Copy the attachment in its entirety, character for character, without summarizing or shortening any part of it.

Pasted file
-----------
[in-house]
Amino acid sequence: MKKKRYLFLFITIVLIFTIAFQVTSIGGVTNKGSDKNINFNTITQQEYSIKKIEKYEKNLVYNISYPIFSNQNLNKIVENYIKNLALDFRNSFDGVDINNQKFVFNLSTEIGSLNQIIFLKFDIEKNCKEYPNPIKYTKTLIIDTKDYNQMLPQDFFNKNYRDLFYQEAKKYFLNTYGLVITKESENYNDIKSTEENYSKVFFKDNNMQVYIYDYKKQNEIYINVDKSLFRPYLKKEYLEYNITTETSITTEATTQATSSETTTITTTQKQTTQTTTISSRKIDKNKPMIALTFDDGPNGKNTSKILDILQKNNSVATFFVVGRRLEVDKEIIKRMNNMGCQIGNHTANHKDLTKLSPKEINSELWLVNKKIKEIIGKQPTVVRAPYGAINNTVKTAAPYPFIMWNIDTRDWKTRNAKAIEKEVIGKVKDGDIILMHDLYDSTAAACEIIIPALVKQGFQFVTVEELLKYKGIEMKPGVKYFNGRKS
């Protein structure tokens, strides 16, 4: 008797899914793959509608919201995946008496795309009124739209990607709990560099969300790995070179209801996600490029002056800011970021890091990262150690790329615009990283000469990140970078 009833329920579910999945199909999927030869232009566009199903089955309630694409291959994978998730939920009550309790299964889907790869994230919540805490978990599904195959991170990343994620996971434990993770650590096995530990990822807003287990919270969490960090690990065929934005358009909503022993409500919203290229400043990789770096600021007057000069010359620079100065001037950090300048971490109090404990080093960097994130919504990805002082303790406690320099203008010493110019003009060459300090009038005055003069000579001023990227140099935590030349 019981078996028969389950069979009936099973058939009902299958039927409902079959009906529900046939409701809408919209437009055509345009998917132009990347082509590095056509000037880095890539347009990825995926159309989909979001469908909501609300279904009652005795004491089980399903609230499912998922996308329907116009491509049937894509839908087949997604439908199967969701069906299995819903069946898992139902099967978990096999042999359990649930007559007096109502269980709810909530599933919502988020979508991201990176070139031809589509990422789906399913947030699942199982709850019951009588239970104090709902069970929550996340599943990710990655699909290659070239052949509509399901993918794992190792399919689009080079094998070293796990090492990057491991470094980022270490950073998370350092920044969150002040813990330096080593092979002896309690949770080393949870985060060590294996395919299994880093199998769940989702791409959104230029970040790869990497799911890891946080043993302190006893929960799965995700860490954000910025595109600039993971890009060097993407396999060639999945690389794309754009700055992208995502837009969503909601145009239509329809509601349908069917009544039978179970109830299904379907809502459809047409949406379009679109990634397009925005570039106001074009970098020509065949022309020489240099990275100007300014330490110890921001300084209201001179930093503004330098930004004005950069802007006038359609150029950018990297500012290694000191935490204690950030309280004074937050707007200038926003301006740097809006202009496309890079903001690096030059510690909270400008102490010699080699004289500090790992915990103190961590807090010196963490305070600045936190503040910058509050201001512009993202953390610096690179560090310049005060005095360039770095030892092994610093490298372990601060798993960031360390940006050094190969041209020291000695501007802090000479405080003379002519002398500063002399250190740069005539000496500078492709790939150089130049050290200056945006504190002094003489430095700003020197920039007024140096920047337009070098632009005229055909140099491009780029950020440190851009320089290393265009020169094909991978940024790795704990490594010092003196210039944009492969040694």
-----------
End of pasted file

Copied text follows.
[in-house]
Amino acid sequence: MKKKRYLFLFITIVLIFTIAFQVTSIGGVTNKGSDKNINFNTITQQEYSIKKIEKYEKNLVYNISYPIFSNQNLNKIVENYIKNLALDFRNSFDGVDINNQKFVFNLSTEIGSLNQIIFLKFDIEKNCKEYPNPIKYTKTLIIDTKDYNQMLPQDFFNKNYRDLFYQEAKKYFLNTYGLVITKESENYNDIKSTEENYSKVFFKDNNMQVYIYDYKKQNEIYINVDKSLFRPYLKKEYLEYNITTETSITTEATTQATSSETTTITTTQKQTTQTTTISSRKIDKNKPMIALTFDDGPNGKNTSKILDILQKNNSVATFFVVGRRLEVDKEIIKRMNNMGCQIGNHTANHKDLTKLSPKEINSELWLVNKKIKEIIGKQPTVVRAPYGAINNTVKTAAPYPFIMWNIDTRDWKTRNAKAIEKEVIGKVKDGDIILMHDLYDSTAAACEIIIPALVKQGFQFVTVEELLKYKGIEMKPGVKYFNGRKS
């Protein structure tokens, strides 16, 4: 008797899914793959509608919201995946008496795309009124739209990607709990560099969300790995070179209801996600490029002056800011970021890091990262150690790329615009990283000469990140970078 009833329920579910999945199909999927030869232009566009199903089955309630694409291959994978998730939920009550309790299964889907790869994230919540805490978990599904195959991170990343994620996971434990993770650590096995530990990822807003287990919270969490960090690990065929934005358009909503022993409500919203290229400043990789770096600021007057000069010359620079100065001037950090300048971490109090404990080093960097994130919504990805002082303790406690320099203008010493110019003009060459300090009038005055003069000579001023990227140099935590030349 019981078996028969389950069979009936099973058939009902299958039927409902079959009906529900046939409701809408919209437009055509345009998917132009990347082509590095056509000037880095890539347009990825995926159309989909979001469908909501609300279904009652005795004491089980399903609230499912998922996308329907116009491509049937894509839908087949997604439908199967969701069906299995819903069946898992139902099967978990096999042999359990649930007559007096109502269980709810909530599933919502988020979508991201990176070139031809589509990422789906399913947030699942199982709850019951009588239970104090709902069970929550996340599943990710990655699909290659070239052949509509399901993918794992190792399919689009080079094998070293796990090492990057491991470094980022270490950073998370350092920044969150002040813990330096080593092979002896309690949770080393949870985060060590294996395919299994880093199998769940989702791409959104230029970040790869990497799911890891946080043993302190006893929960799965995700860490954000910025595109600039993971890009060097993407396999060639999945690389794309754009700055992208995502837009969503909601145009239509329809509601349908069917009544039978179970109830299904379907809502459809047409949406379009679109990634397009925005570039106001074009970098020509065949022309020489240099990275100007300014330490110890921001300084209201001179930093503004330098930004004005950069802007006038359609150029950018990297500012290694000191935490204690950030309280004074937050707007200038926003301006740097809006202009496309890079903001690096030059510690909270400008102490010699080699004289500090790992915990103190961590807090010196963490305070600045936190503040910058509050201001512009993202953390610096690179560090310049005060005095360039770095030892092994610093490298372990601060798993960031360390940006050094190969041209020291000695501007802090000479405080003379002519002398500063002399250190740069005539000496500078492709790939150089130049050290200056945006504190002094003489430095700003020197920039007024140096920047337009070098632009005229055909140099491009780029950020440190851009320089290393265009020169094909991978940024790795704990490594010092003196210039944009492969040694």